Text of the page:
Out of My Mind, March 15, 2012

No easy fix for Eastlake sewer financing

The county commissioners are between a rock and a hard place when it comes to the issue of paying back the state Public Works Trust Fund for the Eastlake Sewer Project. The county went into the project with good intentions – promoting development on the east side of Osoyoos Lake and the tax revenue it brings, while not adding to potential pollution problems in the lake.
When they took the low interest PTWF loan pay back was based on a much greater build-out with connection fees covering the cost of payments. For the Oroville area it was a boom time with developments making it look like there would be no problem meeting the loan’s obligations. New construction in the Oroville area was so high that it surpassed the Methow for the first time in a long time. The boom times went away just as they did for the nation and the county was left with payments that relying on new connection fees alone could not cover. Talk turned to forming a special assessment area. That’s when many people like Eastside residents Earl Bjorkman and Spencer Higby really took notice and they organized a well-attended community meeting to talk about how such an assessment could affect those who owned property near the sewer line.
Bjorkman continues to follow the issue closely and sends us updates. After talking with him recently it looks like he may be resigned to being included in a special assessment area. However recent talks about how large the area could be has him concerned about the fairness of including lots that are not near the sewer line – lots that would not benefit from the line unless it was greatly expanded – something that obviously won’t be done anytime soon. In one plan, according to Bjorkman, the assessment area would include lots as far away as the railroad bridge near the sawmill – no where near the sewer line.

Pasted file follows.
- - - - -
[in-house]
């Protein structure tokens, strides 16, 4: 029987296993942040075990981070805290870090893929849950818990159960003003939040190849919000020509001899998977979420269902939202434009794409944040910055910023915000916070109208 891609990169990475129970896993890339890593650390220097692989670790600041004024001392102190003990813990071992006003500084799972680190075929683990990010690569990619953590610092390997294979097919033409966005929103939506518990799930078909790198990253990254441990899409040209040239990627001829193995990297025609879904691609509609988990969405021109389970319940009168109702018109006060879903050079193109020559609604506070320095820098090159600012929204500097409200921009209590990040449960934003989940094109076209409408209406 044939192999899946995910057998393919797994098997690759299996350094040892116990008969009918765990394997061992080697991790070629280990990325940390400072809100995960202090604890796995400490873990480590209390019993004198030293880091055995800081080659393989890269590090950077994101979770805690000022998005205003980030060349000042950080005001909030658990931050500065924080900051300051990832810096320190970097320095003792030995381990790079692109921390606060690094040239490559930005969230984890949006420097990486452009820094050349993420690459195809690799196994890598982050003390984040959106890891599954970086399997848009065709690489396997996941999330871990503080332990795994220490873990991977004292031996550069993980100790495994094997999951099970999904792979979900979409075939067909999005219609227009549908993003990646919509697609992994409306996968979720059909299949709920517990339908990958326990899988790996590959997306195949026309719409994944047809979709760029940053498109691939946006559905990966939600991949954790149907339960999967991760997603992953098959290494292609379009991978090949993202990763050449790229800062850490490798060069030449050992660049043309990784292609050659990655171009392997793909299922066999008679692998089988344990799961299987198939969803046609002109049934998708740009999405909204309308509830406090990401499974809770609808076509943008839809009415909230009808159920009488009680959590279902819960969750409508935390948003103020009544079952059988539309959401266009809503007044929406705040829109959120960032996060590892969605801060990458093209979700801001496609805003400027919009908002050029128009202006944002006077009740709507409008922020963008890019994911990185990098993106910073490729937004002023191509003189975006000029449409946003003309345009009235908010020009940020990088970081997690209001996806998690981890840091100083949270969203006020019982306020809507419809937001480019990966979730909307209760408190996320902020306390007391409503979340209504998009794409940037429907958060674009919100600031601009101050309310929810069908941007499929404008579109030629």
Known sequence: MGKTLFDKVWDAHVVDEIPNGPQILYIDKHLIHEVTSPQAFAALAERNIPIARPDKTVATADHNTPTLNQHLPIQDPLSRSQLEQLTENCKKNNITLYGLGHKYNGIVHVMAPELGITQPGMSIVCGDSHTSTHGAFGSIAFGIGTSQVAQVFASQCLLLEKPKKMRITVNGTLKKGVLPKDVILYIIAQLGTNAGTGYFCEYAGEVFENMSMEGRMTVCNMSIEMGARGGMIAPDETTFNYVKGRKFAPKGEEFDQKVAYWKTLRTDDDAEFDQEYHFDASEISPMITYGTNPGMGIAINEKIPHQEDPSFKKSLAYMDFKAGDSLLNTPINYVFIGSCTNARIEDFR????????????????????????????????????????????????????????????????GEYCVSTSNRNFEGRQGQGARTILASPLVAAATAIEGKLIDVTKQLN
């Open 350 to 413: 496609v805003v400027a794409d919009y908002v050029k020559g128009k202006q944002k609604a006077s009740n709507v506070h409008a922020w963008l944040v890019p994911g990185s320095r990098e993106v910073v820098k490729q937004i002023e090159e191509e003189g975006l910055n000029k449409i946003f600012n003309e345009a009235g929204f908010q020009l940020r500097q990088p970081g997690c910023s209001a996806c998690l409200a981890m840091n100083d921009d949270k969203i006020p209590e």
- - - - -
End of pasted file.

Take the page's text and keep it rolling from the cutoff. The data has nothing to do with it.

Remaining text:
Okanogan County Planning Director Perry Huston asked the county commissioners at their Feb. 13 meeting for direction – not for a decision on imposing a special assessment area, but whether the commissioners want him to move forward in order to frame the decision. At that meeting Bjorkman asked if consideration is being made to all sides of Eastlake Road. He also questioned whether lots near the new sewer line, but recently annexed into the City of Oroville could be assessed. Commissioner Andy Lampe asked if this might cause people to annex into the city and Huston said he didn’t know at this time. Another question that needs to be asked is whether people who have already connected and paid their fees would still have to pay the assessment when it was implied at the time their obligation was fulfilled.
The county commissioners need to find the answers to these questions before they make a final decision. Such an assessment should not be placed on those who could not directly benefit from it, because the property is not within a reasonable distance from the main sewer line. If they could not reasonably connect to it, they shouldn’t be expected to pay for it, not unless everyone in the unincorporated parts of the county were expected to do so too. There’s no easy fix, but the bill for the sewer project remains. Let’s hope the commissioners can come up with an equitable way to solve this issue.